the fourth commandment

At MoSt Church this coming Sunday morning, Apr. 10, most of our adult Bible classes will study the fourth of the Ten Commandments (“keep the Sabbath holy“). Following are fifteen questions to help you get your mental juices flowing for class discussion. Many of these questions I have either robbed or lightly edited from two fine works, Rick Atchley’s Sinai Summit and Rubel Shelly’s Written in Stone. You’ll also notice reference to Joan Chittister‘s work on the Ten Commandments as well as Patrick Miller‘s tome.

1. We Americans today are a “driven” people. Why? Can you think of other cultures which take rest more seriously than we Americans do? How do we American Christians typically think of these people?

2. What does it mean to keep the Sabbath “holy?”

3. What happens to people when there is no Sabbath in their life?

4. “The Sabbath is prominent and pervasive in the biblical text generally; it is more often referred to than any other commandment except possibly the first and second commandments.” (Patrick Miller) Why do you suppose this is the case?

5. Four verses are dedicated to the description of this commandment with the vast majority of the text being an explanation for the commandment. What does the explanation imply about the relationship between God and humanity?

6. In Deuteronomy’s account of the fourth commandment (5:15) mention is made of Israel’s deliverance from the land of Egypt. Of what significance is this to an understanding of the meaning of Sabbath?

7. Explicit mention is made of animals in connection with this commandment in Ex. 20:10 and Deut. 5:14. What does this say about God’s concern for animals? What does it say about the proper concern humans should have for animals?

8. “Sabbath confronted two ideas in the ancient world: first, the common understanding of leisure was a privilege only of the gods; second, if humans were slaves to be used for the sake of a few freeman around them. The Hebrew Sabbath day – required – rest for everyone, slave and free, human and animal alike. The Hebrew Sabbath made equals of us all.” (Joan Chittister) Can you think of other ways Sabbath confronts the world today?

9. Are Christians to keep the Sabbath? Is there any particular day of the week that should be seen by Christians as “special?” What would you say is the meaning of this commandment for followers of God today?

10. With which are you more careful in your stewardship, your money or your time? Why?

11. How do you prioritize your use of time? Do you do it consciously or do you simply “go with the flow” of life?

12. How is it exactly that observance of the Sabbath helps you find rest in the Lord?

13. “A Sabbath heart is what happens in us when we make room for God in life. Then the quiet and space that comes from putting down today in order to live in the realm of the eternal enables us to move into a sense of the presence of God that is not strained, or forced, or affected.” (Joan Chittister) In what specific ways do you attempt to “make room for God” in your life by stopping what you would normally do?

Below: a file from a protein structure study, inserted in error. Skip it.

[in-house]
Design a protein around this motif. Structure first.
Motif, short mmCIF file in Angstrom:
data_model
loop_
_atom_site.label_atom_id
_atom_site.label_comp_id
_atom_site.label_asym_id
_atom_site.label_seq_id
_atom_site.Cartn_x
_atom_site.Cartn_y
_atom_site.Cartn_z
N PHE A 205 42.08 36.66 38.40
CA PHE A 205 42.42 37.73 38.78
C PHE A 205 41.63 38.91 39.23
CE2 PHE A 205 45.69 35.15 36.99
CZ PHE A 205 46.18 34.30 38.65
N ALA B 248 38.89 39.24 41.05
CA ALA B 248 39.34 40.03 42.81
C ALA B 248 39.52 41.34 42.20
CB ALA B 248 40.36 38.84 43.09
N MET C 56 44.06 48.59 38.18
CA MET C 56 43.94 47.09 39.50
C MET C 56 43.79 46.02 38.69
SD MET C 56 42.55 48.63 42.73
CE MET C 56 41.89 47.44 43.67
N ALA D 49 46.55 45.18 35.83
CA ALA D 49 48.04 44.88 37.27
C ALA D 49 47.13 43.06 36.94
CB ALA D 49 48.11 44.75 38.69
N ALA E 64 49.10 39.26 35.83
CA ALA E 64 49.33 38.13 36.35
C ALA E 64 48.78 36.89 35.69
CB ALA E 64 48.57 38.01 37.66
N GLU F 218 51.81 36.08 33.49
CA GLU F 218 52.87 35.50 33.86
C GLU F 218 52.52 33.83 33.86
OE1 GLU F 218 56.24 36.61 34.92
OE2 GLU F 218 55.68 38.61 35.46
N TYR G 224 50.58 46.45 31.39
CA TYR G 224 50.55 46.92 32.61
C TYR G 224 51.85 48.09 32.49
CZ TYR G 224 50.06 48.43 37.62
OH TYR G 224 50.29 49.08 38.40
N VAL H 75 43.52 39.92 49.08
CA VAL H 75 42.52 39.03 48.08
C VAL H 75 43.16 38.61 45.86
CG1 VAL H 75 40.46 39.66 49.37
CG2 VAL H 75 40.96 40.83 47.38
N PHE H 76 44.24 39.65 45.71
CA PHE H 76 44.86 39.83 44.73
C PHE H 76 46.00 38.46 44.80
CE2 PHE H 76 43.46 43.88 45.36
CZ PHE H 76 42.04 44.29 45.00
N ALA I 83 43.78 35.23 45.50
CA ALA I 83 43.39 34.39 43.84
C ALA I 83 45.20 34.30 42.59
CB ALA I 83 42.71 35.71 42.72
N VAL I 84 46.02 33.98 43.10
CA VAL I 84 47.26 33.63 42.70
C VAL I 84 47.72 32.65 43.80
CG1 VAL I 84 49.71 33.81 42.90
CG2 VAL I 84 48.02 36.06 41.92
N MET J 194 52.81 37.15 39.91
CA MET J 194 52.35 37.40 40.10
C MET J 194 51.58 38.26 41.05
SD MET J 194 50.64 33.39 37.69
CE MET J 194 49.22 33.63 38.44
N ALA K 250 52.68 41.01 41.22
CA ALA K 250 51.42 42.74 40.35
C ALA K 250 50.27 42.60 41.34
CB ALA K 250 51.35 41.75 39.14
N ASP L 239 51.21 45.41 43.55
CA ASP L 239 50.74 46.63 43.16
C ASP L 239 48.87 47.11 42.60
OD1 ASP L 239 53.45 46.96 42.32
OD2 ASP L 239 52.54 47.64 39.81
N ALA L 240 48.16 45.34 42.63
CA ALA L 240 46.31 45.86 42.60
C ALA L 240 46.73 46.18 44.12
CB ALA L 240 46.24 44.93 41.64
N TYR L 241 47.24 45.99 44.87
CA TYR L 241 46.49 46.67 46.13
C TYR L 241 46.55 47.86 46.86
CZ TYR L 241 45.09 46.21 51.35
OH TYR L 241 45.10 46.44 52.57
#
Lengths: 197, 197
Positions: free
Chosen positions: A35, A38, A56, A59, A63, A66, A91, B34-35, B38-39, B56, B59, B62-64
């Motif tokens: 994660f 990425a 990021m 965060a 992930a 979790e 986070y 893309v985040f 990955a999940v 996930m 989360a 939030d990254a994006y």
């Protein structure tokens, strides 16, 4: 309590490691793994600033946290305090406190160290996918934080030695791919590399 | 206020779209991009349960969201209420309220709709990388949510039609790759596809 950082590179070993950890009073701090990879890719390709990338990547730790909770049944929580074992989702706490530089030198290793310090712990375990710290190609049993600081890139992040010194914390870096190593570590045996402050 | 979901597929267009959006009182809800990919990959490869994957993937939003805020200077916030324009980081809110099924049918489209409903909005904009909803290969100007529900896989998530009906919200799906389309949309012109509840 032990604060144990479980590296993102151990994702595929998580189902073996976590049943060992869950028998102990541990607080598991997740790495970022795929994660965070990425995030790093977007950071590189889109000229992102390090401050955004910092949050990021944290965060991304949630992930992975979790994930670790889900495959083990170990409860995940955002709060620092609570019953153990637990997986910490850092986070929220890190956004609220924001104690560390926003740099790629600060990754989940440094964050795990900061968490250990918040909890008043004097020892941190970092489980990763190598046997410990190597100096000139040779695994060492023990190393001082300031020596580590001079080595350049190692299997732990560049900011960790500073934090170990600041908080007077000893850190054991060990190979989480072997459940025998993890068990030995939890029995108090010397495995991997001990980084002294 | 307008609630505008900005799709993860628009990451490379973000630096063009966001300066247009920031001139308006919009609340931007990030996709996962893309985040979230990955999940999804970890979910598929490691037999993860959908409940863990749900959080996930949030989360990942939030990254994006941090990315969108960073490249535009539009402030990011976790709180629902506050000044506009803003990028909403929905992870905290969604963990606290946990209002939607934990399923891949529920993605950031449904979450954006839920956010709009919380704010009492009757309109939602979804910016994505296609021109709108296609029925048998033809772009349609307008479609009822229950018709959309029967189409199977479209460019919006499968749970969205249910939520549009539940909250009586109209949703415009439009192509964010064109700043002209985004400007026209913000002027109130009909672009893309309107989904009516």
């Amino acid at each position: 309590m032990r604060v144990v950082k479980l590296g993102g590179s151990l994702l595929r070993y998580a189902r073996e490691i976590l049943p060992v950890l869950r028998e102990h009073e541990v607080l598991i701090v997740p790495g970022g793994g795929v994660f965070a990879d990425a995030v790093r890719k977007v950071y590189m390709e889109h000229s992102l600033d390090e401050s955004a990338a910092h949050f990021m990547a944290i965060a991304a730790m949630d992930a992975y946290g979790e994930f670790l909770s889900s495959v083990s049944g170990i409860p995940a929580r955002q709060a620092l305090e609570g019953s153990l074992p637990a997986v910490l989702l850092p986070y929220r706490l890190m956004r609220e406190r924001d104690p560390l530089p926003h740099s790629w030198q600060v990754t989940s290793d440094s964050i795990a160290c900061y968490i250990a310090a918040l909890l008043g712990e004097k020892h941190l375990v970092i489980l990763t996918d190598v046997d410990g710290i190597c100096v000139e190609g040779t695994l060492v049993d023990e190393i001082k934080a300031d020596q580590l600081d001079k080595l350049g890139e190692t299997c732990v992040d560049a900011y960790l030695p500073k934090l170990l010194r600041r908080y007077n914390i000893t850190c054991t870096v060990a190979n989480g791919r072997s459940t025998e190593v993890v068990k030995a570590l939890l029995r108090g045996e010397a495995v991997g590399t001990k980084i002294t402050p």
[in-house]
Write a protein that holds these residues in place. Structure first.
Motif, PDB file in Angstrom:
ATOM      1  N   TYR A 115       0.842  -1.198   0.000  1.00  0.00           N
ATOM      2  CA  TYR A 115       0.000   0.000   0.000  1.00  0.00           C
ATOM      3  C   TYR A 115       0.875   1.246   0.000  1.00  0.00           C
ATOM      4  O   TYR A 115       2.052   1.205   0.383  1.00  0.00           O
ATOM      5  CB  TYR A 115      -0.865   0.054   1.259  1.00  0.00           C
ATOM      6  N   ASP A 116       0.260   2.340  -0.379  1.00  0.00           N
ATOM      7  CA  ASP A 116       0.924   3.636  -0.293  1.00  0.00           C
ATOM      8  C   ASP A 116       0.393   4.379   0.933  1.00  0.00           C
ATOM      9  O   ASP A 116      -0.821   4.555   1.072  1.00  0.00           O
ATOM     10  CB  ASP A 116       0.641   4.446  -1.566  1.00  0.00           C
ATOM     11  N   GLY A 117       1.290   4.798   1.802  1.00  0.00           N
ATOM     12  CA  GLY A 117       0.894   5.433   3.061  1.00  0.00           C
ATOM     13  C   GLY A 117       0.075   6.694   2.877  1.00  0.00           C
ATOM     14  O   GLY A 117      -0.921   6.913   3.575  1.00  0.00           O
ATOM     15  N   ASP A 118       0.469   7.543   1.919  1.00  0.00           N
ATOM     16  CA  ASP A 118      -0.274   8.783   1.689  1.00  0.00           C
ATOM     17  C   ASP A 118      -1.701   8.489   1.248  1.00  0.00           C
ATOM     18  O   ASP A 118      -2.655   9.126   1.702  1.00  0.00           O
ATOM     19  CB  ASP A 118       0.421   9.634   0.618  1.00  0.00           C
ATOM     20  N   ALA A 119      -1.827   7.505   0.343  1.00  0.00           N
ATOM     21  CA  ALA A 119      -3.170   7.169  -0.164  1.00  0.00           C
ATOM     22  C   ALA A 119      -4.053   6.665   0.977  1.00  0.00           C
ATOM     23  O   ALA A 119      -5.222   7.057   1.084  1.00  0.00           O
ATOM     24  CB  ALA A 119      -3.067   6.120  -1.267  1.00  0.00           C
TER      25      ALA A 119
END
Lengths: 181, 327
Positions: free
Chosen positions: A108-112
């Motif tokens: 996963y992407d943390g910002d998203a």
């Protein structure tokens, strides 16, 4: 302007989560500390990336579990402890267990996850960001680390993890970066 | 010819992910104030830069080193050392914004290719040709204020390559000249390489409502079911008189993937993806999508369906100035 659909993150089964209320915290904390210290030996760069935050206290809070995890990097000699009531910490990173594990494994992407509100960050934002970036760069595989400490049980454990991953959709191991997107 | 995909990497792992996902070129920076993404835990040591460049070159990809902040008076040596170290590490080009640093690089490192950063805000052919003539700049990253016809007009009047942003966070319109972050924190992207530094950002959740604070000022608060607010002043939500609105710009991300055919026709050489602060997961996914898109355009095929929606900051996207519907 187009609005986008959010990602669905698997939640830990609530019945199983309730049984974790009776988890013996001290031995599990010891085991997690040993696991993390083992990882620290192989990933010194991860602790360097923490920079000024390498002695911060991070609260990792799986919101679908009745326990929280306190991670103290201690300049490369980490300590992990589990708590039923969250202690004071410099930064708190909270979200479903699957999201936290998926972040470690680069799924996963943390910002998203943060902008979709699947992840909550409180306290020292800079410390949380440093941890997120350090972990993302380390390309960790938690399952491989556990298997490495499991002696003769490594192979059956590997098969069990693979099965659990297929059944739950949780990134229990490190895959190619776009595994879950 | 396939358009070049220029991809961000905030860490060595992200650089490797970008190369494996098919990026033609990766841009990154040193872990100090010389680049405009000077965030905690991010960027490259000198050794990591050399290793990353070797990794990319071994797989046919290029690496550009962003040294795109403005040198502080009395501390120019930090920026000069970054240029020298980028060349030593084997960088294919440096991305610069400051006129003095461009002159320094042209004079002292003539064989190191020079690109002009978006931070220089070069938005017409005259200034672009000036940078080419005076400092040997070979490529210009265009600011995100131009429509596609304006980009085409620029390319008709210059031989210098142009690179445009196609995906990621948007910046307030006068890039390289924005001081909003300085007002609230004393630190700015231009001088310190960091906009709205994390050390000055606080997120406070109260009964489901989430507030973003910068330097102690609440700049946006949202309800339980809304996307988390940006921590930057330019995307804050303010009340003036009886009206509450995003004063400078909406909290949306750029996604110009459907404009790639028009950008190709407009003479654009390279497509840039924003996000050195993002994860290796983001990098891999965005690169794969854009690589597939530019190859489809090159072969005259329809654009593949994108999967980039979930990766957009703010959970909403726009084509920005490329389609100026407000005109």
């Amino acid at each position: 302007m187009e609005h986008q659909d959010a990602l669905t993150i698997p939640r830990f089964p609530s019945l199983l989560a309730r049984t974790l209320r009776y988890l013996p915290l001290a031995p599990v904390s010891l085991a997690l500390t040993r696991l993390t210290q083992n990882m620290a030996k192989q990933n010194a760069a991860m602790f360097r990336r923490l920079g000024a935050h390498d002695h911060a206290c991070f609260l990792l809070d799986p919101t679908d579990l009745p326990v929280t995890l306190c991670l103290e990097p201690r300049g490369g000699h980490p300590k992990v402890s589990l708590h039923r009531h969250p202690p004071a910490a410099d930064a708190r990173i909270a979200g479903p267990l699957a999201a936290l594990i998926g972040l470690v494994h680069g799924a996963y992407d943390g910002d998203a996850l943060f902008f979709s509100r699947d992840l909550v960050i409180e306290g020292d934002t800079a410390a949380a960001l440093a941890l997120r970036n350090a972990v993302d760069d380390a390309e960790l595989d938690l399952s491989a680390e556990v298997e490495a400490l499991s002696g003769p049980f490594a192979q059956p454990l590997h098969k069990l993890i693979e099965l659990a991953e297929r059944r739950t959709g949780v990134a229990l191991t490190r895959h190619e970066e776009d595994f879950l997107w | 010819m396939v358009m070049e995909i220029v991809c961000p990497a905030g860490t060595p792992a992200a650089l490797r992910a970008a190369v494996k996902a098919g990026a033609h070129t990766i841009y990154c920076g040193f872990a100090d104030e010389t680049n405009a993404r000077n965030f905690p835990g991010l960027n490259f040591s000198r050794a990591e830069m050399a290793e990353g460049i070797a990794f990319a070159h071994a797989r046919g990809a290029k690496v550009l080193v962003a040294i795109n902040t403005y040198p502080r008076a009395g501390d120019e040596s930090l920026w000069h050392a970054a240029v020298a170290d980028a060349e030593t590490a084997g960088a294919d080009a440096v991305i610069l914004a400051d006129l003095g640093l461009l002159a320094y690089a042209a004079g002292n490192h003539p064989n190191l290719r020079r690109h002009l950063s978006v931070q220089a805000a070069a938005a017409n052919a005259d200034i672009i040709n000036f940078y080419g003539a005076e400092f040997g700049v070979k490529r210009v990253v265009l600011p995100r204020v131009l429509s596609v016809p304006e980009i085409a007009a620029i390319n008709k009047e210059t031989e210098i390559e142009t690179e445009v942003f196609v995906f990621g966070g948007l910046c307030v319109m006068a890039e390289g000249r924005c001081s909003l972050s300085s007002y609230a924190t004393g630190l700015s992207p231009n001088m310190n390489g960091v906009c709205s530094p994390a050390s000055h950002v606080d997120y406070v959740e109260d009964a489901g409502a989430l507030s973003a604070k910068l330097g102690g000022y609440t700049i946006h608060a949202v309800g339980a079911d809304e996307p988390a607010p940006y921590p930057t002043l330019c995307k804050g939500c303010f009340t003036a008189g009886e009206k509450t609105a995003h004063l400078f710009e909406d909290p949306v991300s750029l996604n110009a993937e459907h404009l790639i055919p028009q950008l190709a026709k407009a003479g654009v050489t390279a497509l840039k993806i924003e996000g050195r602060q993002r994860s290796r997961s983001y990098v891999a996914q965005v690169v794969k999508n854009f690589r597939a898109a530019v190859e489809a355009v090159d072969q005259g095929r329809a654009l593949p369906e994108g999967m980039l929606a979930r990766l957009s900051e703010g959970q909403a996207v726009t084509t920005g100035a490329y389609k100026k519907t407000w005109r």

14. If a new Christian asked you if they should continue their job that required them to work on Sundays, under what circumstances would you say yes? Under what circumstances would you say no?

15. Have you ever experienced burnout? What exactly is that helped you heal from such an experience?

 

Judas & Mary

Six days before Passover, Jesus came to Bethany, home of Lazarus, whom Jesus had raised from the dead. Lazarus and his sisters hosted a dinner for him. Martha served and Lazarus was among those who joined him at the table. Then Mary took an extraordinary amount, almost three-quarters of a pound, of very expensive perfume made of pure nard. She anointed Jesus’ feet with it, then wiped his feet dry with her hair. The house was filled with the aroma of the perfume. Judas Iscariot, one of his disciples (the one who was about to betray him), complained, “This perfume was worth a year’s wages! Why wasn’t it sold and the money given to the poor?” (He said this not because he cared about the poor but because he was a thief. He carried the money bag and would take what was in it.)

Then Jesus said, “Leave her alone. This perfume was to be used in preparation for my burial, and this is how she has used it. You will always have the poor among you, but you won’t always have me.” (John 12:1-8 CEB)

Judas and Mary.

A study in contrasts.

Judas is cold. Mary is caring.

Judas is defiant. Mary is defended.

Judas is called a disciple. Mary is a disciple.

Judas counts himself first. Mary only counts the Lord.

Judas is tainted with rot. Mary is pure, like the perfume.

Judas calculates what could have been. Mary counts what is.

Judas is thinking, but thoughtless. Mary is now penniless, but rich.

Judas adds things up to be a waste. Mary counts the moment a privilege.

Judas grumbles, doing nothing. Mary fills the room with her silent service.

Judas measures what he missed out on. Mary’s concern is who she will miss.

Judas clouds the air with a question. Mary fills the air with a statement of love.

Judas makes a show of supposed feeling. Mary shows her feelings without supposition.

Judas forfeited responsibility and trust. Mary only grew in trust and so, acted responsibly.

Judas made a show of sounding reasonable. Mary showed worship as selfless service.

Judas is remembered for blatant hypocrisy. Mary is remembered for uncalculating love.

Holy Father, in the name of Jesus, lead me in the way of Mary. Amen.